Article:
Ed Donahue

Before an audience of hackers, designers and digital entrepreneurs, AT&T’s tangerine-haired ‘Developer Evangelist’ takes the stage with a modest self-introduction: “Hi, I’m Ed.”

Ed then starts to do what any good evangelist does – spread the word. This is the gospel of possibility through technology, the promise of the new, the path to tapping into creativity and curiosity. Ed’s words are particularly riveting to the small percentage of women in the audience. Perhaps because, well, Ed is a woman.

Ed Donahue creates and runs hackathons for a living. It’s the kind of work proverbial hoodie-cloaked teenage boys dream of, and Ed has been doing it now for 3 years at AT&T.

Hackathons are just one of the ways AT&T drives innovation in technology and supports rising creators and developers – we also host other AT&T Developer Program events including: the AT&T Film Awards, AT&T Create-a-thons, and our annual technology and innovation expo AT&T SHAPE. Our hackathons are open to aspiring and experienced developers, as well as people with ideas looking to connect with tech-savvy individuals with whom they can collaborate. People can attend an AT&T hackathon at no cost. AT&T’s goal is to give people the resources and the space to come up with applications and ideas that make life easier for their communities.

Computer science is not a path traditionally traveled by women, Ed will tell you. But she was introduced to it by her mother, a university professor who was well ahead of her time.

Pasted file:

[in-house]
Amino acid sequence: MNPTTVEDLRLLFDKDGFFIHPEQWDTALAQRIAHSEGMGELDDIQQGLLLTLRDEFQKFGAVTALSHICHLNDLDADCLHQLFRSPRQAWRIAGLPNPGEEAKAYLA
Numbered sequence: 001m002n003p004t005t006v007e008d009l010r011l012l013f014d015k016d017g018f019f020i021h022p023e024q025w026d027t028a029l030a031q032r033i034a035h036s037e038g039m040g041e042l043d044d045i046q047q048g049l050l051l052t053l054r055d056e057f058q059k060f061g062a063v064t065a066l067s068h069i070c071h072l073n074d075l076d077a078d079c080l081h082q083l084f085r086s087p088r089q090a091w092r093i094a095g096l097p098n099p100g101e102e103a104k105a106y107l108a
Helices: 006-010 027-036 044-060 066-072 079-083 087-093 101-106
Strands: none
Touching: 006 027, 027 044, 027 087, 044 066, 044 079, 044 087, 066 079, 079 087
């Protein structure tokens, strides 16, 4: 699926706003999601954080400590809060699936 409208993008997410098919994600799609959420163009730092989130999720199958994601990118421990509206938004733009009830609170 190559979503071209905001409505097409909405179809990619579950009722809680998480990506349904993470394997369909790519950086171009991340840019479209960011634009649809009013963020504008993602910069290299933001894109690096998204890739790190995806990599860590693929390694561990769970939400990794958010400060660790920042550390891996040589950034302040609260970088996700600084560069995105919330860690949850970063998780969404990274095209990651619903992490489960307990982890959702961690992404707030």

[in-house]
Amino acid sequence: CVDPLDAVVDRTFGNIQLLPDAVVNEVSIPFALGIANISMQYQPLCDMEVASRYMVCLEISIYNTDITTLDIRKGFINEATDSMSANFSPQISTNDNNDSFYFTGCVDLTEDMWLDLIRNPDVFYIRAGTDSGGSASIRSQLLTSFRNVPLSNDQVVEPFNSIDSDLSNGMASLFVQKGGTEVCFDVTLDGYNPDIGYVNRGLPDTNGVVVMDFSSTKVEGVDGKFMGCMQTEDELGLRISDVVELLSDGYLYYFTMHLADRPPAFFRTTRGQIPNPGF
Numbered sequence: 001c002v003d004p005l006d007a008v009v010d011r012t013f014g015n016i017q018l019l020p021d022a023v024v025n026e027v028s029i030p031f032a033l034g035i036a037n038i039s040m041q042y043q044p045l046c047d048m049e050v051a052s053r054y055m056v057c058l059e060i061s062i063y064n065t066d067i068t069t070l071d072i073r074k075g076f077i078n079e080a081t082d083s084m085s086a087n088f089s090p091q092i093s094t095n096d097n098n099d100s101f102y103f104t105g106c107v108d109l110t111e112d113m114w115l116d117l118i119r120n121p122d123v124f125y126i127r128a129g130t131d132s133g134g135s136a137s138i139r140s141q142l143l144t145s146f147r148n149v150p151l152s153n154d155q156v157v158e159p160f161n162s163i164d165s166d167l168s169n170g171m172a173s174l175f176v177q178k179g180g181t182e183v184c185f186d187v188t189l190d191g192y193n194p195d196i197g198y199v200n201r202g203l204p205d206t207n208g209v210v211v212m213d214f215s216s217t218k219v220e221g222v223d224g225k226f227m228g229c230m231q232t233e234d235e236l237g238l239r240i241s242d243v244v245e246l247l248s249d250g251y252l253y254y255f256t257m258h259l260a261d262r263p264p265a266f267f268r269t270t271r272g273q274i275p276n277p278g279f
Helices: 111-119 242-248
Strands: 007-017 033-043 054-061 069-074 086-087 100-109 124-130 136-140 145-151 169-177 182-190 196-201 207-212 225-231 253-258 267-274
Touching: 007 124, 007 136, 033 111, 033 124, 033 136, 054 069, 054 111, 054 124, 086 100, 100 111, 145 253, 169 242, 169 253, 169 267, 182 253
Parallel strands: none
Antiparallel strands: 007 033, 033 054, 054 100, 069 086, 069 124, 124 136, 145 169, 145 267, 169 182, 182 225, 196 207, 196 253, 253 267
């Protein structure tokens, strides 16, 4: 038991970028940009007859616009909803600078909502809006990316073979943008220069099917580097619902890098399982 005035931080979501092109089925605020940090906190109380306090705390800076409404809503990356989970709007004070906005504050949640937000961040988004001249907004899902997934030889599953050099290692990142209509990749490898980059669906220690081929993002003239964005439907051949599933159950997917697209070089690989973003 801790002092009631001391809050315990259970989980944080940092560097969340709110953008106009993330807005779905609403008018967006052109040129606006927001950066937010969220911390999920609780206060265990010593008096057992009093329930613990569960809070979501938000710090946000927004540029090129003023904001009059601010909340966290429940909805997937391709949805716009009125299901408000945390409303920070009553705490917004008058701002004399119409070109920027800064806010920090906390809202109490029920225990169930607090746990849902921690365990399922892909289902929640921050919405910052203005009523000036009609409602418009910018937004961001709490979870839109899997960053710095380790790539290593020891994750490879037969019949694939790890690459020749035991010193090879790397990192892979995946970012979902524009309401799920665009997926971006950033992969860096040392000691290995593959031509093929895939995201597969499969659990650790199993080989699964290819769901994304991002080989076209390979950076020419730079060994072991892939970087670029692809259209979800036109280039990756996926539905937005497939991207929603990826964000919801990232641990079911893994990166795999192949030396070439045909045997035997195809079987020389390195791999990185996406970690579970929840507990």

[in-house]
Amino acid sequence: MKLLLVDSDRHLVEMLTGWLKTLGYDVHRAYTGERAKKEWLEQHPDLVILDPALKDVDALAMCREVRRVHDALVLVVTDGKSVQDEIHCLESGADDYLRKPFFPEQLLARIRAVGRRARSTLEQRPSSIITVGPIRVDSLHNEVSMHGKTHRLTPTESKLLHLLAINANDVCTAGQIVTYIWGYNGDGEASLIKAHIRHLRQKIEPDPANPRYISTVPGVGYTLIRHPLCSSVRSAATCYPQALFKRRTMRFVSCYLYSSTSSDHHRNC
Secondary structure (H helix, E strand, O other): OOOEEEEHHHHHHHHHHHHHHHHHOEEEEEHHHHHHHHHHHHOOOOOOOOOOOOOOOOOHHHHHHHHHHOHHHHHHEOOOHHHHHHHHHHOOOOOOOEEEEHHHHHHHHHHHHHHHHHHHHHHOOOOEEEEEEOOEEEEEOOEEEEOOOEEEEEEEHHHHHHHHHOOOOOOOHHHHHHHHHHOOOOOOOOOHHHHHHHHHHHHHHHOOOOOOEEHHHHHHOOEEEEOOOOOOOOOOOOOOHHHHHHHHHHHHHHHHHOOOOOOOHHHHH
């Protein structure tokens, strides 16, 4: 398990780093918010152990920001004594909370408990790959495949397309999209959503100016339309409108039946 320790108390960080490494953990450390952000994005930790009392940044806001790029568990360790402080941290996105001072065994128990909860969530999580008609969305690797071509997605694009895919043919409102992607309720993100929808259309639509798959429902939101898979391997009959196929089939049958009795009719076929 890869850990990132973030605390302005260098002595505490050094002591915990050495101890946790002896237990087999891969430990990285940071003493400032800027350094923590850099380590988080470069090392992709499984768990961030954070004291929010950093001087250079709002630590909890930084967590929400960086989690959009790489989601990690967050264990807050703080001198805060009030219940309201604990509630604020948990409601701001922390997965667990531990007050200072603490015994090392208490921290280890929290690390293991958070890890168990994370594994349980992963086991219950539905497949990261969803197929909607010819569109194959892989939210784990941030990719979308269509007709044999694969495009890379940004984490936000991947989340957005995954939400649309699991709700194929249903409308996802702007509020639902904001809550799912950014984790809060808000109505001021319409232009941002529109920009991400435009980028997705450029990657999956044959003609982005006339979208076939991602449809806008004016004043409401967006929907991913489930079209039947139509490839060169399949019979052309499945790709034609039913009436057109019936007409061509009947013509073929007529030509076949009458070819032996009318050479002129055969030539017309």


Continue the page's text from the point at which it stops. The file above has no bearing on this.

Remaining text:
“When I was really young and the internet was just a messaging system, my mom would connect to the internet to talk with my aunt, who lived in different city,” Ed recalls. “She’d say, ‘Isn’t this cool? we can talk to Aunt Betty and she’s in another city.’”

Once in college, Ed dreamed of majoring in economics and steering her career toward international business. “I’d get to travel and it would be amazing,” Ed thought. But what she didn’t realize was that she’d have to take accounting, and she hated it. Frustrated, she listened to some unsolicited advice from her mother.

“My mom said, ‘You should take a computer course. Your cousin took it and loved it.’ I realized she was right. It was awesome, it made sense to me, and I was pretty good at it,” Ed noted.

Today, one of the things Ed enjoys about her work is encouraging women who attend AT&T hackathons to feel at ease and confident in their abilities. She also loves to chat with women who attend hackathons out of curiosity and who have no prior tech experience.

“I have a lot of women approach me [at hackathons] and ask how I got into it,” Ed said. “They’ll say, ‘I’m not sure what to do, this is my first one, I’m not sure what to build, etc.’ My thought is, the tech industry is filled with creative people, smart people, and as a woman I tell other women to just go and try it. If you show up and say ‘hey, this is cool and I’m gonna build something,’ we’re excited to have you.”

Having an open mind is key for women who are considering careers in technology or just going to a hackathon, Ed noted.

“For me, it all stemmed from my awesome mom saying, ‘you should take a computer course,’” Ed said.  “She realized that these were my people and that I needed to find them, and she gave me a little push in the right direction.”

To learn more about upcoming AT&T Hackathons and other AT&T Developer Program events in your area and resources, visit https://developer.att.com.